Skip to main content
Premium Trial:

Request an Annual Quote

Sequenom Sees Dip in Q4 Revenues Accompanied by Surge in Expenses, Net Losses

NEWSBRIEFNEW YORK, March 3 - Sequenom reported today a slight drop-off in revenues for the fourth quarter ended December 31, 2002, along with increasing expenses and a widening net loss.

 

Revenue for the quarter was $7.7 million, compared to $9.3 million for the fourth quarter of 2001. The company attributed the bulk of its revenues to sales of its MassArray genotyping systems and consumables.

 

The company's total costs and expenses for the quarter were $53.9 million, compared to $23.5 million for the fourth quarter of 2001. Expenses for the quarter included $33.1 million of non-cash charges related to the impairment of goodwill and other long-lived assets. R&D spending was down slightly for the quarter, at $8.1 million compared to $8.7 million for the fourth quarter of 2001.

 

The net loss for the fourth quarter was $45.8 million, or $1.16 per share. Net loss for the year-ago period was $12.5 million. For the year, Sequenom posted a net loss of $205.7 million, or $5.39 per share, compared to $62.6 million, or $2.25 per share for 2001.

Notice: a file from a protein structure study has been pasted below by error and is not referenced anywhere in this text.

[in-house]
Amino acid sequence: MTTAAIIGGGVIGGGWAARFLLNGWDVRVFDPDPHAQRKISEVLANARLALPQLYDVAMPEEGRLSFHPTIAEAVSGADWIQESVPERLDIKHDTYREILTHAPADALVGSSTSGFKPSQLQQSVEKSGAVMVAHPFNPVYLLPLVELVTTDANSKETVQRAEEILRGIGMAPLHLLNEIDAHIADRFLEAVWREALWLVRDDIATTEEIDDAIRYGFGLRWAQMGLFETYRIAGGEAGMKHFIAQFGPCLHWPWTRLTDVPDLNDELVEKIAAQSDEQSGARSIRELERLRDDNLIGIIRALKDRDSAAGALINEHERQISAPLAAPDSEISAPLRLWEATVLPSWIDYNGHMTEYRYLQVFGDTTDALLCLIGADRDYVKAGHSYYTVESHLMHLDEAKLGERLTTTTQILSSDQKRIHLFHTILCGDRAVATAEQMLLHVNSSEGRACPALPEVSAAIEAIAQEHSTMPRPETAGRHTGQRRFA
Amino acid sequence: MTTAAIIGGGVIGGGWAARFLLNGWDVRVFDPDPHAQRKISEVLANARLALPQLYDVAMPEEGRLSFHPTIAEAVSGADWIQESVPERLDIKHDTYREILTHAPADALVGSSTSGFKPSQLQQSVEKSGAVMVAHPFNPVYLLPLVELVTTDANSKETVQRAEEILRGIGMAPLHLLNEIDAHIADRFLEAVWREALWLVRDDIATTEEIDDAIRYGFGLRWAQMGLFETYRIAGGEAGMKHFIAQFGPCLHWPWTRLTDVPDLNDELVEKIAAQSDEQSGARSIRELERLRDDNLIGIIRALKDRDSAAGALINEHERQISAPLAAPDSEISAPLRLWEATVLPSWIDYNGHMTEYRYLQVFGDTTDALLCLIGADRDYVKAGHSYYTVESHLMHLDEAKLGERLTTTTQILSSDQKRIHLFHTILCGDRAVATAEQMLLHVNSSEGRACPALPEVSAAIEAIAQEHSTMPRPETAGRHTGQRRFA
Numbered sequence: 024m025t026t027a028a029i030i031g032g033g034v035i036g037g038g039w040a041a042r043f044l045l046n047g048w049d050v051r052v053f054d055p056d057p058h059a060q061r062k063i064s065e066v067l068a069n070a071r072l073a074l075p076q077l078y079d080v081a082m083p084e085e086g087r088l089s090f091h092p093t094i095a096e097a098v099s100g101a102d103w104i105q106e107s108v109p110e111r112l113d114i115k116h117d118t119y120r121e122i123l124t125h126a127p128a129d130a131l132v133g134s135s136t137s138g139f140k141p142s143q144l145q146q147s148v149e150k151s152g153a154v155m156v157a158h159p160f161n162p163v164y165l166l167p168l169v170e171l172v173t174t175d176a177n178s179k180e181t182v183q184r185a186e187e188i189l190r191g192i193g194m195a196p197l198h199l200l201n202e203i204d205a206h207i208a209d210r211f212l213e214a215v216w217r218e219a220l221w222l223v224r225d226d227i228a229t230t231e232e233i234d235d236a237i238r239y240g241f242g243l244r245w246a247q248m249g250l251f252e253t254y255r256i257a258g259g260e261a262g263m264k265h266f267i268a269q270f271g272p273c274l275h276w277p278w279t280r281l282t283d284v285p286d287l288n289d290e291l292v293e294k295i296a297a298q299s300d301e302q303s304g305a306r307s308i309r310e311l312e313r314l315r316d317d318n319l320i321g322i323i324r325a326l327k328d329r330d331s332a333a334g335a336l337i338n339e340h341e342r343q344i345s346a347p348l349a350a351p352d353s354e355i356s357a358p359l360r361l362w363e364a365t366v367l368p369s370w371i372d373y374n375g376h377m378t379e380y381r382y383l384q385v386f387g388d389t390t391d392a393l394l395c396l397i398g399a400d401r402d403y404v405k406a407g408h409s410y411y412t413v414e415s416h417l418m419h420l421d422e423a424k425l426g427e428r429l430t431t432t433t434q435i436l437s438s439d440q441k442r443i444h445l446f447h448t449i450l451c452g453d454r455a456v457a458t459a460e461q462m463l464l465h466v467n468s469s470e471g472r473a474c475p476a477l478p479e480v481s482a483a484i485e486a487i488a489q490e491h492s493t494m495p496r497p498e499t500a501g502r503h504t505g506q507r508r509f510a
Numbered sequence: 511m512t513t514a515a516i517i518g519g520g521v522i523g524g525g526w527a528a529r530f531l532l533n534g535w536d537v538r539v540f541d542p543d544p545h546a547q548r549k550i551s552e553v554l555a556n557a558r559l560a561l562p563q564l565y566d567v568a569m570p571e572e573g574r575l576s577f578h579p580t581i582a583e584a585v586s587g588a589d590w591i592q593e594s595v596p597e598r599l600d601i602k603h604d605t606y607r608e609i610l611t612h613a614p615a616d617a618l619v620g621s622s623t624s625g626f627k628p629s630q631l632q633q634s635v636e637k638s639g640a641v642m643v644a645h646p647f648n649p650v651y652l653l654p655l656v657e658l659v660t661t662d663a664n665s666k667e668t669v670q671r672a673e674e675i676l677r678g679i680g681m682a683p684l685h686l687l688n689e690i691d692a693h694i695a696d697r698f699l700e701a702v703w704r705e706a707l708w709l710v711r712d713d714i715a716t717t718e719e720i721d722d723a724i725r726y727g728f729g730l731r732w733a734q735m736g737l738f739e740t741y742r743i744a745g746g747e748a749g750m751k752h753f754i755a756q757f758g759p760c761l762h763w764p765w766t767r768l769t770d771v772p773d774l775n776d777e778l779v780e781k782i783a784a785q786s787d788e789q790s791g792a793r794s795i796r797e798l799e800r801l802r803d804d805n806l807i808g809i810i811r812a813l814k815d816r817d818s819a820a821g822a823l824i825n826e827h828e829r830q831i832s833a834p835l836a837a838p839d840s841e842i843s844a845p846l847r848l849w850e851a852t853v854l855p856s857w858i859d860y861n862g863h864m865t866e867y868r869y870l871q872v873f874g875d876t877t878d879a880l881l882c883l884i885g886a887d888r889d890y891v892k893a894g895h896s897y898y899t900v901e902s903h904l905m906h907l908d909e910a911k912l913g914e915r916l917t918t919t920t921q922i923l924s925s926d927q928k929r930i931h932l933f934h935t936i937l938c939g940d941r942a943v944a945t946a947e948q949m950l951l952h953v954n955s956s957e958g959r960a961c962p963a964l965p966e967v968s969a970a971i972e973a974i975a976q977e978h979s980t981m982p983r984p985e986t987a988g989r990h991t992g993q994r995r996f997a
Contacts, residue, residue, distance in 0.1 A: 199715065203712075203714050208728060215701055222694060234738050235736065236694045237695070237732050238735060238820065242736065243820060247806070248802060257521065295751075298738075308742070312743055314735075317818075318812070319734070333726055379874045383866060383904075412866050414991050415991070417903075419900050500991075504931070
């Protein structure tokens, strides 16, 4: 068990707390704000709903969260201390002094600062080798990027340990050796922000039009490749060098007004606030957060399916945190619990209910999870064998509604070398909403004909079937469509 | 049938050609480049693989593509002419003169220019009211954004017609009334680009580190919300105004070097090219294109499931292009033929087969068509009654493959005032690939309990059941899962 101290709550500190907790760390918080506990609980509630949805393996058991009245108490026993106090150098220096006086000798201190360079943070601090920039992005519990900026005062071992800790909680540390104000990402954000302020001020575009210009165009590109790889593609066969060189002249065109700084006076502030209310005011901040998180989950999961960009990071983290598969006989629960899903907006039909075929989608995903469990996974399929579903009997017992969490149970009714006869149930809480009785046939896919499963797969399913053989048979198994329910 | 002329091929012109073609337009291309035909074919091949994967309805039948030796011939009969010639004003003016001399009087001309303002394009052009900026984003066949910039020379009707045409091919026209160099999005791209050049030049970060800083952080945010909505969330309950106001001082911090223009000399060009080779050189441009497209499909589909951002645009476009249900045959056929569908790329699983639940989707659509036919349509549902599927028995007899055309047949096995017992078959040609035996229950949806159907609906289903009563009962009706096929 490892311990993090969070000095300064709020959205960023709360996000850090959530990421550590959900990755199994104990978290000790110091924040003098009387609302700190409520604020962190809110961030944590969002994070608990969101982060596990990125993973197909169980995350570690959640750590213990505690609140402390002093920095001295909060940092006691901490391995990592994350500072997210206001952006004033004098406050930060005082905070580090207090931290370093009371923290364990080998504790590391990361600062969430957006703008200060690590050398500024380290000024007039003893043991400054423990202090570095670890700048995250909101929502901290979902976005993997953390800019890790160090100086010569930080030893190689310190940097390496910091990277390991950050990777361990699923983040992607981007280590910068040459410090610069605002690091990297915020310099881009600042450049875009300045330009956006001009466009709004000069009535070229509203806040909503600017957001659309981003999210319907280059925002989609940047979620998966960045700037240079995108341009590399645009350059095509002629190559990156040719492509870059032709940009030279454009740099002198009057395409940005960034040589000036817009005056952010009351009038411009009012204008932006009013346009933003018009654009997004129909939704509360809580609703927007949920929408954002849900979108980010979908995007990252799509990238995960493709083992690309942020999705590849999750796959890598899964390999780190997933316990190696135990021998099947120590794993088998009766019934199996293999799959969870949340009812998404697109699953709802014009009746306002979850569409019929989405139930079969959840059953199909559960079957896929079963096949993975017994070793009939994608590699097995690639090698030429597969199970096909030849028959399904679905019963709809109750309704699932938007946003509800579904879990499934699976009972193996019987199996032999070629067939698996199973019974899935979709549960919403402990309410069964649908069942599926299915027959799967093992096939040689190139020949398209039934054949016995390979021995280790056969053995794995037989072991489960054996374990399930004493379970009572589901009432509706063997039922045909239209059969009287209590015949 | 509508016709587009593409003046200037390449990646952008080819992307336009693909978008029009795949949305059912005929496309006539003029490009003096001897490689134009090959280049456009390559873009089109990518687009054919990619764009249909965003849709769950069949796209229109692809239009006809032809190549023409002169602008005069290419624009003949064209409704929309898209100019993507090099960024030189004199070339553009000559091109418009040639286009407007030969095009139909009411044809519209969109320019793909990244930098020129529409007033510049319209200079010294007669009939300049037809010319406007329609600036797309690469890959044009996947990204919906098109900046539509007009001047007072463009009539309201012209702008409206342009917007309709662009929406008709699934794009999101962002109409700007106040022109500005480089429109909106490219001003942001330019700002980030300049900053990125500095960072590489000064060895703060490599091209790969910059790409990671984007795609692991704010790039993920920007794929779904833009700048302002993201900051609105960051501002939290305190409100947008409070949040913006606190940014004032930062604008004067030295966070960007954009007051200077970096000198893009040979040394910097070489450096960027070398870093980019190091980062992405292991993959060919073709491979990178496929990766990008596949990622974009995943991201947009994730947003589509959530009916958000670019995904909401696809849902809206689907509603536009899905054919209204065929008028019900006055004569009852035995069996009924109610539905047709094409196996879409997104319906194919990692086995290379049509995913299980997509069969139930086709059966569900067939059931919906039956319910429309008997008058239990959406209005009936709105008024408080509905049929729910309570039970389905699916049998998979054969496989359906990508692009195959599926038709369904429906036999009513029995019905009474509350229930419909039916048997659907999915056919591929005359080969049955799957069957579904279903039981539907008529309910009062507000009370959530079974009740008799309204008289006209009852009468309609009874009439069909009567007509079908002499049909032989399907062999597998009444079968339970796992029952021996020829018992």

On December 31, 2002, the Company held cash, cash equivalents and short-term investments totaling $102.6 million, down from $143.1 million at the end of 2001.

 

 

The Scan

Interfering With Invasive Mussels

The Chicago Tribune reports that researchers are studying whether RNA interference- or CRISPR-based approaches can combat invasive freshwater mussels.

Participation Analysis

A new study finds that women tend to participate less at scientific meetings but that some changes can lead to increased involvement, the Guardian reports.

Right Whales' Decline

A research study plans to use genetic analysis to gain insight into population decline among North American right whales, according to CBC.

Science Papers Tie Rare Mutations to Short Stature, Immunodeficiency; Present Single-Cell Transcriptomics Map

In Science this week: pair of mutations in one gene uncovered in brothers with short stature and immunodeficiency, and more.